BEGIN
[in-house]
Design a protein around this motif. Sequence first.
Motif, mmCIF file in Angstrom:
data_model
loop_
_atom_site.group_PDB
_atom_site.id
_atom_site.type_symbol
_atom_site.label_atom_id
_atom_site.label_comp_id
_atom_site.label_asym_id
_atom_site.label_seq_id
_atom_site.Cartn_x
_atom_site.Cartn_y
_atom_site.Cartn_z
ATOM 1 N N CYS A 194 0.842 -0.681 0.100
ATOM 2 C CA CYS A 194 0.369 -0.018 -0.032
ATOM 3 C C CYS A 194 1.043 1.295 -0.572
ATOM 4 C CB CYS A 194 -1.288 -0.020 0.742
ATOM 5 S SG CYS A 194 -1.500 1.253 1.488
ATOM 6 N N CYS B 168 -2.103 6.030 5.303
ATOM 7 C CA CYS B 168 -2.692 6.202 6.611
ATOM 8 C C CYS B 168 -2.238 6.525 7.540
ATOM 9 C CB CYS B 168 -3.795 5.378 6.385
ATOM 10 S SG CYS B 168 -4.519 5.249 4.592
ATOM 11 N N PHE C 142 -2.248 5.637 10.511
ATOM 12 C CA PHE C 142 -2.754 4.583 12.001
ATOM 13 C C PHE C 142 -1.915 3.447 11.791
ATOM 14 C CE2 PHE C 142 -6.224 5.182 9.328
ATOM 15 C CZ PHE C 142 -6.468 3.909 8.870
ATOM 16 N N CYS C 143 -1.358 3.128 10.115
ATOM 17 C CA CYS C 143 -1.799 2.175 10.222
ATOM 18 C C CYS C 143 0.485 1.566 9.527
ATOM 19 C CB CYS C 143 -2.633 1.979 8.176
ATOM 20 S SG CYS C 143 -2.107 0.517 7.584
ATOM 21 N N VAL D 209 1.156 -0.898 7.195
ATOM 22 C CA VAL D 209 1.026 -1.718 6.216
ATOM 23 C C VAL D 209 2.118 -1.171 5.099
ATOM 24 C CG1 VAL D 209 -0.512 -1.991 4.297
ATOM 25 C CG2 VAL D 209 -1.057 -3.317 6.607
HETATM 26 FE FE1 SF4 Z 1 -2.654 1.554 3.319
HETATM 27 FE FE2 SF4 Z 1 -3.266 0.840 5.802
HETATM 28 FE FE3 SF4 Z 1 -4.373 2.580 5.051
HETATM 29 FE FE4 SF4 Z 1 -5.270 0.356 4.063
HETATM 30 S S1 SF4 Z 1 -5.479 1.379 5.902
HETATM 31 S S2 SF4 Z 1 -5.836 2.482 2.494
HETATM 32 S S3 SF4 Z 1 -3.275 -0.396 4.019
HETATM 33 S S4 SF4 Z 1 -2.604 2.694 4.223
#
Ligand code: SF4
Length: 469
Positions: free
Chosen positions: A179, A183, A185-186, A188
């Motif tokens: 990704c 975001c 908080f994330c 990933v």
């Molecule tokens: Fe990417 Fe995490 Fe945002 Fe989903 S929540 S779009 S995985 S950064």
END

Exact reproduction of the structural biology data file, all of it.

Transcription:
[in-house]
Design a protein around this motif. Sequence first.
Motif, mmCIF file in Angstrom:
data_model
loop_
_atom_site.group_PDB
_atom_site.id
_atom_site.type_symbol
_atom_site.label_atom_id
_atom_site.label_comp_id
_atom_site.label_asym_id
_atom_site.label_seq_id
_atom_site.Cartn_x
_atom_site.Cartn_y
_atom_site.Cartn_z
ATOM 1 N N CYS A 194 0.842 -0.681 0.100
ATOM 2 C CA CYS A 194 0.369 -0.018 -0.032
ATOM 3 C C CYS A 194 1.043 1.295 -0.572
ATOM 4 C CB CYS A 194 -1.288 -0.020 0.742
ATOM 5 S SG CYS A 194 -1.500 1.253 1.488
ATOM 6 N N CYS B 168 -2.103 6.030 5.303
ATOM 7 C CA CYS B 168 -2.692 6.202 6.611
ATOM 8 C C CYS B 168 -2.238 6.525 7.540
ATOM 9 C CB CYS B 168 -3.795 5.378 6.385
ATOM 10 S SG CYS B 168 -4.519 5.249 4.592
ATOM 11 N N PHE C 142 -2.248 5.637 10.511
ATOM 12 C CA PHE C 142 -2.754 4.583 12.001
ATOM 13 C C PHE C 142 -1.915 3.447 11.791
ATOM 14 C CE2 PHE C 142 -6.224 5.182 9.328
ATOM 15 C CZ PHE C 142 -6.468 3.909 8.870
ATOM 16 N N CYS C 143 -1.358 3.128 10.115
ATOM 17 C CA CYS C 143 -1.799 2.175 10.222
ATOM 18 C C CYS C 143 0.485 1.566 9.527
ATOM 19 C CB CYS C 143 -2.633 1.979 8.176
ATOM 20 S SG CYS C 143 -2.107 0.517 7.584
ATOM 21 N N VAL D 209 1.156 -0.898 7.195
ATOM 22 C CA VAL D 209 1.026 -1.718 6.216
ATOM 23 C C VAL D 209 2.118 -1.171 5.099
ATOM 24 C CG1 VAL D 209 -0.512 -1.991 4.297
ATOM 25 C CG2 VAL D 209 -1.057 -3.317 6.607
HETATM 26 FE FE1 SF4 Z 1 -2.654 1.554 3.319
HETATM 27 FE FE2 SF4 Z 1 -3.266 0.840 5.802
HETATM 28 FE FE3 SF4 Z 1 -4.373 2.580 5.051
HETATM 29 FE FE4 SF4 Z 1 -5.270 0.356 4.063
HETATM 30 S S1 SF4 Z 1 -5.479 1.379 5.902
HETATM 31 S S2 SF4 Z 1 -5.836 2.482 2.494
HETATM 32 S S3 SF4 Z 1 -3.275 -0.396 4.019
HETATM 33 S S4 SF4 Z 1 -2.604 2.694 4.223
#
Ligand code: SF4
Length: 469
Positions: free
Chosen positions: A179, A183, A185-186, A188
């Motif tokens: 990704c 975001c 908080f994330c 990933v």
């Molecule tokens: Fe990417 Fe995490 Fe945002 Fe989903 S929540 S779009 S995985 S950064």